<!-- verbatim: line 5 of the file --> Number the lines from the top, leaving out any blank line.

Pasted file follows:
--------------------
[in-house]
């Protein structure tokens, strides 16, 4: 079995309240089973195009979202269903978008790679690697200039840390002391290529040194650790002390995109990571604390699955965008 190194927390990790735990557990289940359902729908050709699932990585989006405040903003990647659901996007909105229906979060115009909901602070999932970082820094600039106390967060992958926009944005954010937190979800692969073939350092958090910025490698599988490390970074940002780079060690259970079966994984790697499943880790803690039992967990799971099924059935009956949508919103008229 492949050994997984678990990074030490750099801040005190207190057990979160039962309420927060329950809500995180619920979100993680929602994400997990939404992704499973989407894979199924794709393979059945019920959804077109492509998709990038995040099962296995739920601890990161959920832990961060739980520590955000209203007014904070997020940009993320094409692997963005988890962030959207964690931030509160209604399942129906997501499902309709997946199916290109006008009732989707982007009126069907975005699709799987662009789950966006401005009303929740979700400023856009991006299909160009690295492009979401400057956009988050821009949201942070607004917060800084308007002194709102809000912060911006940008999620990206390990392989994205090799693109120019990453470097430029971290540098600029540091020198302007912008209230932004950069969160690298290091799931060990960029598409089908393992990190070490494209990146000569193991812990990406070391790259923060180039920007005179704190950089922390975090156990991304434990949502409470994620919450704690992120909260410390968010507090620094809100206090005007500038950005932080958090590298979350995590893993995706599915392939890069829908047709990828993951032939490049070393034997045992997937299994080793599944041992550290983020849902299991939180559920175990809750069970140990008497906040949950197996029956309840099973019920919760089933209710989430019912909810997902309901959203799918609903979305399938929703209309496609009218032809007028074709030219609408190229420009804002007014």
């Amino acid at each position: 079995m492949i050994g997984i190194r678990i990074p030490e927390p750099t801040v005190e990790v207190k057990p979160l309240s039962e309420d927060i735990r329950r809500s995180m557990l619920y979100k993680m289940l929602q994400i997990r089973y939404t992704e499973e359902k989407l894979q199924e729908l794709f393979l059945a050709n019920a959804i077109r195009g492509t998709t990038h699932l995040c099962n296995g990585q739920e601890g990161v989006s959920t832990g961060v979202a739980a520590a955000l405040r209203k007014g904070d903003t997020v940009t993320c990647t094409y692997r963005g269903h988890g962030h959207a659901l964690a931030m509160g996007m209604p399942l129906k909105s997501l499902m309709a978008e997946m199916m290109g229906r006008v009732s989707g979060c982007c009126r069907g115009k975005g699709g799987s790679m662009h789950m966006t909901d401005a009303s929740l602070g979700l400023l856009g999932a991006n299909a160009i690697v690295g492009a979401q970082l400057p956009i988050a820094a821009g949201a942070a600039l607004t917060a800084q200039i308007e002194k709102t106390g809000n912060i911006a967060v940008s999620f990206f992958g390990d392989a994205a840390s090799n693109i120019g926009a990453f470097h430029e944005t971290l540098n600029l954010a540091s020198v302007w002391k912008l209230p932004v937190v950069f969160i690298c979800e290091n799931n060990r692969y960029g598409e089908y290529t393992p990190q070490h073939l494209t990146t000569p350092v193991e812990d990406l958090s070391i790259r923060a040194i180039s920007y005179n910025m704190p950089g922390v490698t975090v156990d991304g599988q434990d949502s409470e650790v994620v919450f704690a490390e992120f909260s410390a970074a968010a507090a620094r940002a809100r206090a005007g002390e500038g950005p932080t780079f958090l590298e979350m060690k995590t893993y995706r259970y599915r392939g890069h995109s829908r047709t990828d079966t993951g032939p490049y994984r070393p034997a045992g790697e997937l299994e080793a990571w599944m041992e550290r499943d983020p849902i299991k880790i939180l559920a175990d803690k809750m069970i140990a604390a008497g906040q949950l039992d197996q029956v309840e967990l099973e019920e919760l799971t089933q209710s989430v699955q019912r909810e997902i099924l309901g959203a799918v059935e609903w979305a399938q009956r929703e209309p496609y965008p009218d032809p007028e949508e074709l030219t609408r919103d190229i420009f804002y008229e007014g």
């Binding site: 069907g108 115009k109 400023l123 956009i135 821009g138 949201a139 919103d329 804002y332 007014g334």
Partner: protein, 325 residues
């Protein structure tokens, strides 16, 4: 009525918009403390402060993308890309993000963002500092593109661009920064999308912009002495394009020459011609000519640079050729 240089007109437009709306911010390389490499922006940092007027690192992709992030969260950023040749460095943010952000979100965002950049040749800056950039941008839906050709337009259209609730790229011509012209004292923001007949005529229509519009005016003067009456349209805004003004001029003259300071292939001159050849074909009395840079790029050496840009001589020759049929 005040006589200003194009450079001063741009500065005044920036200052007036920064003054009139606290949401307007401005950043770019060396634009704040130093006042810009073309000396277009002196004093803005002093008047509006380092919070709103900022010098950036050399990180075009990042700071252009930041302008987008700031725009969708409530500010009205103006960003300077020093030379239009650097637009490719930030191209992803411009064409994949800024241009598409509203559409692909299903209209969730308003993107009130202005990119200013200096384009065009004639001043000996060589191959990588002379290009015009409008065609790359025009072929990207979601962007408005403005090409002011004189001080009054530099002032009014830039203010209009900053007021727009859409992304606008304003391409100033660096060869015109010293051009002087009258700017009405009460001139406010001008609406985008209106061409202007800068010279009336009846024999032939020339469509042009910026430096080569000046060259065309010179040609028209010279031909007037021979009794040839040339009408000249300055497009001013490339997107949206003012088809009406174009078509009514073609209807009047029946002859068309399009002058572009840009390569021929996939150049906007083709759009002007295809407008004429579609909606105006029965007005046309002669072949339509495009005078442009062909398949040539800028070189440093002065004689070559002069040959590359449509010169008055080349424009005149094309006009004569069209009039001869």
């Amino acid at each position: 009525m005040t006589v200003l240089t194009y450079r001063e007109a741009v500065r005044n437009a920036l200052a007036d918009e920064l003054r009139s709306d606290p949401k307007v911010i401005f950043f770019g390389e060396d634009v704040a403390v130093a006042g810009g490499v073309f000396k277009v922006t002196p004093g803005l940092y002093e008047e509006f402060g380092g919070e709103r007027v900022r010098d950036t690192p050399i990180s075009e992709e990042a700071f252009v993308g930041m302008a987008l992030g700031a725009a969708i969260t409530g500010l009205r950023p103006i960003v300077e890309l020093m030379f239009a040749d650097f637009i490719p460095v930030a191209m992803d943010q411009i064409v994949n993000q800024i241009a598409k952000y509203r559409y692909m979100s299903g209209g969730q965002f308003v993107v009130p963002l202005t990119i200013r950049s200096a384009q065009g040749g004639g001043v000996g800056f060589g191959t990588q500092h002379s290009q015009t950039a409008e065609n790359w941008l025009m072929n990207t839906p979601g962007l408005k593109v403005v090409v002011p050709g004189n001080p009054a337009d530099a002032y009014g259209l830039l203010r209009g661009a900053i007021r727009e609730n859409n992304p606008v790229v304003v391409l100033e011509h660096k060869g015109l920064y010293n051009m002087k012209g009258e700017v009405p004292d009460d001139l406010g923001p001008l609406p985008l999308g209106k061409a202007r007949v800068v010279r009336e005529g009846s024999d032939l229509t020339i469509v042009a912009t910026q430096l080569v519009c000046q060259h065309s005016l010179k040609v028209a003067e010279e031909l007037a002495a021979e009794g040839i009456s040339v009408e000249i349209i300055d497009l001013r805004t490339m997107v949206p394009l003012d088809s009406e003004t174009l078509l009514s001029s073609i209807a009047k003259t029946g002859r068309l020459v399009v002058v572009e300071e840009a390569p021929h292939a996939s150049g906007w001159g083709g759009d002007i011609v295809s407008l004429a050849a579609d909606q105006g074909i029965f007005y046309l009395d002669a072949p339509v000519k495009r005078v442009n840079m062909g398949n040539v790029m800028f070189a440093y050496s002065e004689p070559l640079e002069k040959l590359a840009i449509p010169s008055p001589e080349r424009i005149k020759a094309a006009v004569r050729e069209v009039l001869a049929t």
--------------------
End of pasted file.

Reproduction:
Partner: protein, 325 residues